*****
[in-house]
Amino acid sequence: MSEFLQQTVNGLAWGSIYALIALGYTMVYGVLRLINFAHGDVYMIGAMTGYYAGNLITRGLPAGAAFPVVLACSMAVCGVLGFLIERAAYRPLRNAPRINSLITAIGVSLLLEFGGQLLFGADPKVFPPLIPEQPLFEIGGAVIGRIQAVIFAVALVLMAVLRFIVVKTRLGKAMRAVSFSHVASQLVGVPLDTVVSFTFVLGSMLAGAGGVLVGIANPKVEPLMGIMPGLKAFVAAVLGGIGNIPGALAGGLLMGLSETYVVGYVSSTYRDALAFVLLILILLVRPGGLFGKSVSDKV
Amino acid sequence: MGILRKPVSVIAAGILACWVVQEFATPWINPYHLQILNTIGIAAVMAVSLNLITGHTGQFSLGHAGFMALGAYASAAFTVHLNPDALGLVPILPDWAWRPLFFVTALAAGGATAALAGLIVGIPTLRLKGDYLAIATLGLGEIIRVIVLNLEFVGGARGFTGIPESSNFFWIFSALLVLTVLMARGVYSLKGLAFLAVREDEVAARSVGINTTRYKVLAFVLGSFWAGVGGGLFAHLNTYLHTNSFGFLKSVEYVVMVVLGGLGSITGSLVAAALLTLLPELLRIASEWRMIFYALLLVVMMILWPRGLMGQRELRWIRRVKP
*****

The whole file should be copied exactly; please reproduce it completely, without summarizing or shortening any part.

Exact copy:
[in-house]
Amino acid sequence: MSEFLQQTVNGLAWGSIYALIALGYTMVYGVLRLINFAHGDVYMIGAMTGYYAGNLITRGLPAGAAFPVVLACSMAVCGVLGFLIERAAYRPLRNAPRINSLITAIGVSLLLEFGGQLLFGADPKVFPPLIPEQPLFEIGGAVIGRIQAVIFAVALVLMAVLRFIVVKTRLGKAMRAVSFSHVASQLVGVPLDTVVSFTFVLGSMLAGAGGVLVGIANPKVEPLMGIMPGLKAFVAAVLGGIGNIPGALAGGLLMGLSETYVVGYVSSTYRDALAFVLLILILLVRPGGLFGKSVSDKV
Amino acid sequence: MGILRKPVSVIAAGILACWVVQEFATPWINPYHLQILNTIGIAAVMAVSLNLITGHTGQFSLGHAGFMALGAYASAAFTVHLNPDALGLVPILPDWAWRPLFFVTALAAGGATAALAGLIVGIPTLRLKGDYLAIATLGLGEIIRVIVLNLEFVGGARGFTGIPESSNFFWIFSALLVLTVLMARGVYSLKGLAFLAVREDEVAARSVGINTTRYKVLAFVLGSFWAGVGGGLFAHLNTYLHTNSFGFLKSVEYVVMVVLGGLGSITGSLVAAALLTLLPELLRIASEWRMIFYALLLVVMMILWPRGLMGQRELRWIRRVKP